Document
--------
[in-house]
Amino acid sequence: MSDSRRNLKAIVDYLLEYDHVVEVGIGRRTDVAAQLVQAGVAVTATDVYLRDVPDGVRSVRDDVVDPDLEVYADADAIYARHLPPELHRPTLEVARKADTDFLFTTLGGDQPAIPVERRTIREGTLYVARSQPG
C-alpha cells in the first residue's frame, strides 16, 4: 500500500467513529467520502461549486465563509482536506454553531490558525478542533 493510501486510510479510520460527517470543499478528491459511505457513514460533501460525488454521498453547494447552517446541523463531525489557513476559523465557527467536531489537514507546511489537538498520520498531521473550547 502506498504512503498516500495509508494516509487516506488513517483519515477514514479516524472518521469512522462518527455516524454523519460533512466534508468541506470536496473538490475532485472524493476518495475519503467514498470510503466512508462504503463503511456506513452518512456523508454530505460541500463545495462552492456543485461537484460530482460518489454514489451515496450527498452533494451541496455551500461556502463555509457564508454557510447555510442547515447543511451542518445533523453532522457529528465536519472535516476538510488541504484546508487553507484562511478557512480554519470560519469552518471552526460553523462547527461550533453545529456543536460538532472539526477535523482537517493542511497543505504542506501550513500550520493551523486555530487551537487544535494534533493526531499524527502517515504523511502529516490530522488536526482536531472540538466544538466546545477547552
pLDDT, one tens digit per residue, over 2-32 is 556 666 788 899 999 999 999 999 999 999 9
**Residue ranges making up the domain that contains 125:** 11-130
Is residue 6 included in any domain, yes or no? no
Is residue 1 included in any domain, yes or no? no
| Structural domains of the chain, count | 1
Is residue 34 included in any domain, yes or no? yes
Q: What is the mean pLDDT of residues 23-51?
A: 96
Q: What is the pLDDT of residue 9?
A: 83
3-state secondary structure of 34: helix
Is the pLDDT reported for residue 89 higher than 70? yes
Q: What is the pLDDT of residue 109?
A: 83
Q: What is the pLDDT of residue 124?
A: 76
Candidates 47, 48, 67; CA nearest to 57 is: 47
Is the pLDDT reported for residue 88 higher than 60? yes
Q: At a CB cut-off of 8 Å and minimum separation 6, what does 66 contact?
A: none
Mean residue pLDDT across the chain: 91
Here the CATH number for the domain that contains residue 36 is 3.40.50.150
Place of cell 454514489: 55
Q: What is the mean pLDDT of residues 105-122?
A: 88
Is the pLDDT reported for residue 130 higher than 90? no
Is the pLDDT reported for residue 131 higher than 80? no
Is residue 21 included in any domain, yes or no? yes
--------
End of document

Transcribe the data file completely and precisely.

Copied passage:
[in-house]
Amino acid sequence: MSDSRRNLKAIVDYLLEYDHVVEVGIGRRTDVAAQLVQAGVAVTATDVYLRDVPDGVRSVRDDVVDPDLEVYADADAIYARHLPPELHRPTLEVARKADTDFLFTTLGGDQPAIPVERRTIREGTLYVARSQPG
C-alpha cells in the first residue's frame, strides 16, 4: 500500500467513529467520502461549486465563509482536506454553531490558525478542533 493510501486510510479510520460527517470543499478528491459511505457513514460533501460525488454521498453547494447552517446541523463531525489557513476559523465557527467536531489537514507546511489537538498520520498531521473550547 502506498504512503498516500495509508494516509487516506488513517483519515477514514479516524472518521469512522462518527455516524454523519460533512466534508468541506470536496473538490475532485472524493476518495475519503467514498470510503466512508462504503463503511456506513452518512456523508454530505460541500463545495462552492456543485461537484460530482460518489454514489451515496450527498452533494451541496455551500461556502463555509457564508454557510447555510442547515447543511451542518445533523453532522457529528465536519472535516476538510488541504484546508487553507484562511478557512480554519470560519469552518471552526460553523462547527461550533453545529456543536460538532472539526477535523482537517493542511497543505504542506501550513500550520493551523486555530487551537487544535494534533493526531499524527502517515504523511502529516490530522488536526482536531472540538466544538466546545477547552
pLDDT, one tens digit per residue, over 2-32 is 556 666 788 899 999 999 999 999 999 999 9
**Residue ranges making up the domain that contains 125:** 11-130
Is residue 6 included in any domain, yes or no? no
Is residue 1 included in any domain, yes or no? no
| Structural domains of the chain, count | 1
Is residue 34 included in any domain, yes or no? yes
Q: What is the mean pLDDT of residues 23-51?
A: 96
Q: What is the pLDDT of residue 9?
A: 83
3-state secondary structure of 34: helix
Is the pLDDT reported for residue 89 higher than 70? yes
Q: What is the pLDDT of residue 109?
A: 83
Q: What is the pLDDT of residue 124?
A: 76
Candidates 47, 48, 67; CA nearest to 57 is: 47
Is the pLDDT reported for residue 88 higher than 60? yes
Q: At a CB cut-off of 8 Å and minimum separation 6, what does 66 contact?
A: none
Mean residue pLDDT across the chain: 91
Here the CATH number for the domain that contains residue 36 is 3.40.50.150
Place of cell 454514489: 55
Q: What is the mean pLDDT of residues 105-122?
A: 88
Is the pLDDT reported for residue 130 higher than 90? no
Is the pLDDT reported for residue 131 higher than 80? no
Is residue 21 included in any domain, yes or no? yes